Please use this identifier to cite or link to this item: https://hdl.handle.net/1959.11/19593
Title: The Cold War and Popular Culture: How can we use popular culture as a historical source to learn about the Cold War?
Contributor(s): Ihde, Erin  (author)orcid 
Publication Date: 2016
Handle Link: https://hdl.handle.net/1959.11/19593
Abstract: Over recent years popular culture has become widely appreciated as an important source for learning about the past. Whereas the study of history was for many years associated with dusty documents and dry old records, as fields of inquiry expanded from the 1960s onwards, so did the types of sources consulted broaden to include fields such as oral history and other forms of everyday life once considered not important enough to warrant serious study. The Cold War, beginning as it did in the late 1940s, coincided with the explosion of popular culture in the Western world as film, television, music and novels (to name just a few areas) catered to an increasingly affluent society. including the ever-increasing numbers of young people as a result of the post-World War II baby boom.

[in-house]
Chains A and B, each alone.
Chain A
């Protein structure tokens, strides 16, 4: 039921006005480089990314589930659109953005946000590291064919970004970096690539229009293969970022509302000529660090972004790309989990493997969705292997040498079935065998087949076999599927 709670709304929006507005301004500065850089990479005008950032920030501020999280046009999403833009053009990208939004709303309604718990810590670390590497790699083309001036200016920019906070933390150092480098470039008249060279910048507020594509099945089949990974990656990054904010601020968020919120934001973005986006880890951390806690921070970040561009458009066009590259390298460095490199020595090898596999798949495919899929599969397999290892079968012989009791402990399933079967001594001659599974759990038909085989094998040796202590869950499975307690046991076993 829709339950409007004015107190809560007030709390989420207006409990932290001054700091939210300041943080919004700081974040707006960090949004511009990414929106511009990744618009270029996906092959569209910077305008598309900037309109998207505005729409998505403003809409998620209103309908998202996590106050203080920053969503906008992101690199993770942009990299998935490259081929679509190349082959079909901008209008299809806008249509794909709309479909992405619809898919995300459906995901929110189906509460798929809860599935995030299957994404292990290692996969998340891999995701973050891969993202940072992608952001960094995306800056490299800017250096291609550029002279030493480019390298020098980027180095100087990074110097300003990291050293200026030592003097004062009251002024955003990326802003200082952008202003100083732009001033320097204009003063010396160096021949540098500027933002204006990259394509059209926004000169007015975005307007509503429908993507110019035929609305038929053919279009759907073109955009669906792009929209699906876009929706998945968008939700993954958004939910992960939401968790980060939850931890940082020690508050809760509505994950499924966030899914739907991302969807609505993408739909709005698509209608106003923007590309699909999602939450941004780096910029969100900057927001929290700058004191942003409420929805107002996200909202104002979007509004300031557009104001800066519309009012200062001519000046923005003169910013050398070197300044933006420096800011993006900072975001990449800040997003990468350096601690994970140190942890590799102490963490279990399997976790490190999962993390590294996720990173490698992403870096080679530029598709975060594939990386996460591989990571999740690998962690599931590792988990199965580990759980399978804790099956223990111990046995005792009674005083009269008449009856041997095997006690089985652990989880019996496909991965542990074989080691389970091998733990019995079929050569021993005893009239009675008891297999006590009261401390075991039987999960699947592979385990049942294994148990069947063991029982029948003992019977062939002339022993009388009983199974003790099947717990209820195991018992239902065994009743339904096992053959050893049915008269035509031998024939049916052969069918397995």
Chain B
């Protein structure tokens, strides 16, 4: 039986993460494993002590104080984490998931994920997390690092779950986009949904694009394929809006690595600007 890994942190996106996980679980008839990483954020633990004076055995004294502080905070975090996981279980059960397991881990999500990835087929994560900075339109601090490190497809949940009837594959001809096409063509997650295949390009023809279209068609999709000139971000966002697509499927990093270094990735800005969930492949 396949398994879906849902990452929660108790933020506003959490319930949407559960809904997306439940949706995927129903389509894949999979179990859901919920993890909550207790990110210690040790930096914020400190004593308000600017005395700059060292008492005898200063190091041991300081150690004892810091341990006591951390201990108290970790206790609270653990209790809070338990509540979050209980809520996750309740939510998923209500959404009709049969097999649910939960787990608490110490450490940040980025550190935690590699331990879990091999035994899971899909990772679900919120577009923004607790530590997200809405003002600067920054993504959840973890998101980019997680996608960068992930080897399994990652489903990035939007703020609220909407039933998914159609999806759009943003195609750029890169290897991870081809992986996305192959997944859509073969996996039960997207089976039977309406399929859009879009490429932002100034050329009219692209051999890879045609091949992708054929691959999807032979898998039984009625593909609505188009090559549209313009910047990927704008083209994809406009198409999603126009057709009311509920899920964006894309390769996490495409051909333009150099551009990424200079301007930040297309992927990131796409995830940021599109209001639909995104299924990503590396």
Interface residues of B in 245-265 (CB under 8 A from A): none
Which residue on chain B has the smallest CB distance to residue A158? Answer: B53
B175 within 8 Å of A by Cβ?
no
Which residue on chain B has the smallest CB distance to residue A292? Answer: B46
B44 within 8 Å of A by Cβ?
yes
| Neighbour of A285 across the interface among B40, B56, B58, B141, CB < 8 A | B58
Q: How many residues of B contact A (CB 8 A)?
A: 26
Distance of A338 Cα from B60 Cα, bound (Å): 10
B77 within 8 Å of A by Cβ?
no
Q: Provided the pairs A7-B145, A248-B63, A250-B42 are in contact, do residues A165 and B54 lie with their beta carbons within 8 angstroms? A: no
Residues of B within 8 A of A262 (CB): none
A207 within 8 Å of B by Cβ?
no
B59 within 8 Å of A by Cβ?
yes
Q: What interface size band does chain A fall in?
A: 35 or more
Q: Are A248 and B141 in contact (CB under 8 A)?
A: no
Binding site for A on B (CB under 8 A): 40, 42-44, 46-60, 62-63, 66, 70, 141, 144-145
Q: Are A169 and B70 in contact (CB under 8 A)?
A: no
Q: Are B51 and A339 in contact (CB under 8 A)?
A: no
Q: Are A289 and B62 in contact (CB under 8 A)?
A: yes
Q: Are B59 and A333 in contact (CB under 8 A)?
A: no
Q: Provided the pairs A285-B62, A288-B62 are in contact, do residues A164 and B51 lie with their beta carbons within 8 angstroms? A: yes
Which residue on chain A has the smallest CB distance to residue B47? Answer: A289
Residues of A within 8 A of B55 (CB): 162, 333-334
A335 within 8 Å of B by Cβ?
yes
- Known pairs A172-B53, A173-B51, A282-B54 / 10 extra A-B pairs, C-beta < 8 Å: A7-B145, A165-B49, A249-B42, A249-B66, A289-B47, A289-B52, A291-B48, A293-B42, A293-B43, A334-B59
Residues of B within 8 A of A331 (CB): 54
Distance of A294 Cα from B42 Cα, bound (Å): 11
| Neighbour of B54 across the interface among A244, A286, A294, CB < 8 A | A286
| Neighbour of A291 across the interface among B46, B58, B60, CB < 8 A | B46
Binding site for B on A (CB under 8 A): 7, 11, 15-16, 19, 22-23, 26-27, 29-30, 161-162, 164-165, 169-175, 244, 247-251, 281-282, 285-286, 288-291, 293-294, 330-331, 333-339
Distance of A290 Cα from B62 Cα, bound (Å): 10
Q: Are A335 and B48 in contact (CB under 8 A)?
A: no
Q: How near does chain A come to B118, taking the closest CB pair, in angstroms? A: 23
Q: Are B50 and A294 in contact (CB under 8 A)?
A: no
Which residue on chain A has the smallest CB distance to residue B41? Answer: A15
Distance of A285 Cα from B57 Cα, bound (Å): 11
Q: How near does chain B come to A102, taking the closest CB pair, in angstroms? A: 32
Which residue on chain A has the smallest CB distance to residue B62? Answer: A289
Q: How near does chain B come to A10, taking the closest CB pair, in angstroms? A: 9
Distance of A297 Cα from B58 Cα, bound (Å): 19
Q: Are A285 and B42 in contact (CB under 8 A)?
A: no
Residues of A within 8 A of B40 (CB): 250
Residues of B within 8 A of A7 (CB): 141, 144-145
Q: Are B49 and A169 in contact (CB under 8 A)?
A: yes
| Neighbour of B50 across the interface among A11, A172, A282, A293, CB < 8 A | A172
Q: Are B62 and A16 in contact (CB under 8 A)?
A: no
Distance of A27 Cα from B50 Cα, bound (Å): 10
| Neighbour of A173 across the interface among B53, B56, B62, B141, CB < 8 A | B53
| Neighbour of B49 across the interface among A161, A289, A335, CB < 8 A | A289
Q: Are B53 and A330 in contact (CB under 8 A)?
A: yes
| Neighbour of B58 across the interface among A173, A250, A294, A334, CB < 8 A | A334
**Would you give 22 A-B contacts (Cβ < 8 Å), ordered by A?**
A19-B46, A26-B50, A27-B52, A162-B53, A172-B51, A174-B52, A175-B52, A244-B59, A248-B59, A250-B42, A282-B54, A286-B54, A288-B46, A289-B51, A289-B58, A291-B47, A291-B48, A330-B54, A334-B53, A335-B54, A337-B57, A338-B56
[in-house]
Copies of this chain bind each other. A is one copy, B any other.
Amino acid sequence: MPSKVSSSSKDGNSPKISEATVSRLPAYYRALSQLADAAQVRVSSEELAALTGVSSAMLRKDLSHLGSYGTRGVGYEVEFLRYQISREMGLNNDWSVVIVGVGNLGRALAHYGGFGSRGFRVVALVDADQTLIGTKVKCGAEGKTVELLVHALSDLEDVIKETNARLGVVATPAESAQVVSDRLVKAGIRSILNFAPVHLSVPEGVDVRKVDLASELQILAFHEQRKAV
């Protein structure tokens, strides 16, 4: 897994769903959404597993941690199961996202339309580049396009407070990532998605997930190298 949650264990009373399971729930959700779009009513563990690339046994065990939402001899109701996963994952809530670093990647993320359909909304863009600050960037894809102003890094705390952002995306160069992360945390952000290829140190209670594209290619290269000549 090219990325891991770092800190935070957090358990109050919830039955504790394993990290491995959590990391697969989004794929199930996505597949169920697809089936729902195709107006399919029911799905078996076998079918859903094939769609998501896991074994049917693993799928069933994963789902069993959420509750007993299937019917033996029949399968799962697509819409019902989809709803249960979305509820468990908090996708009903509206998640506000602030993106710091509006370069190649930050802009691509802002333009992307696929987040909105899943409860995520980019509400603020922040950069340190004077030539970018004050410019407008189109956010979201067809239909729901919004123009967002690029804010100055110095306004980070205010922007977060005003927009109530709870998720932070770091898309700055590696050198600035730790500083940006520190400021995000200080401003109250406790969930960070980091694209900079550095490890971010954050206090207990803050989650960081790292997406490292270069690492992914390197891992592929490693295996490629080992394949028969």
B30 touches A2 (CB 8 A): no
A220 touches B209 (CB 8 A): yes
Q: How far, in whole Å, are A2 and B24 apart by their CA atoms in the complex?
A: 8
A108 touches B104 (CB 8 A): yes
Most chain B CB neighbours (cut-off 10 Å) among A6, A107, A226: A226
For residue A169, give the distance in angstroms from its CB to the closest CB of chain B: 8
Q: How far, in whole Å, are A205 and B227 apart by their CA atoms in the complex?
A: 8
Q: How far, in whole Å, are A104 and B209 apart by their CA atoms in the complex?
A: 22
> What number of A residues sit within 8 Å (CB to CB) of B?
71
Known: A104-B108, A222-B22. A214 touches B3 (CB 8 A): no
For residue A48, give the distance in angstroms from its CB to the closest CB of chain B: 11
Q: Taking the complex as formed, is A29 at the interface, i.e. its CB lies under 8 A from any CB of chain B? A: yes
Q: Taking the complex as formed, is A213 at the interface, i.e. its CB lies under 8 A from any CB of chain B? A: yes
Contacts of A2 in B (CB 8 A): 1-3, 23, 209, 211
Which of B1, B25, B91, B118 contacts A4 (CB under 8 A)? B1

Publication Type: Journal Article
Source of Publication: Agora, 51(2), p. 37-43
Publisher: History Teacher's Association of Victoria
Place of Publication: Collingwood, Australia
ISSN: 0044-6726
1837-9958
Field of Research (FOR): 210312 North American History
210303 Australian History (excl. Aboriginal and Torres Strait Islander History)
200212 Screen and Media Culture
Socio-Economic Outcome Codes: 950199 Arts and Leisure not elsewhere classified
959999 Cultural Understanding not elsewhere classified
970121 Expanding Knowledge in History and Archaeology
Peer Reviewed: Yes
HERDC Category Description: C1 Refereed Article in a Scholarly Journal
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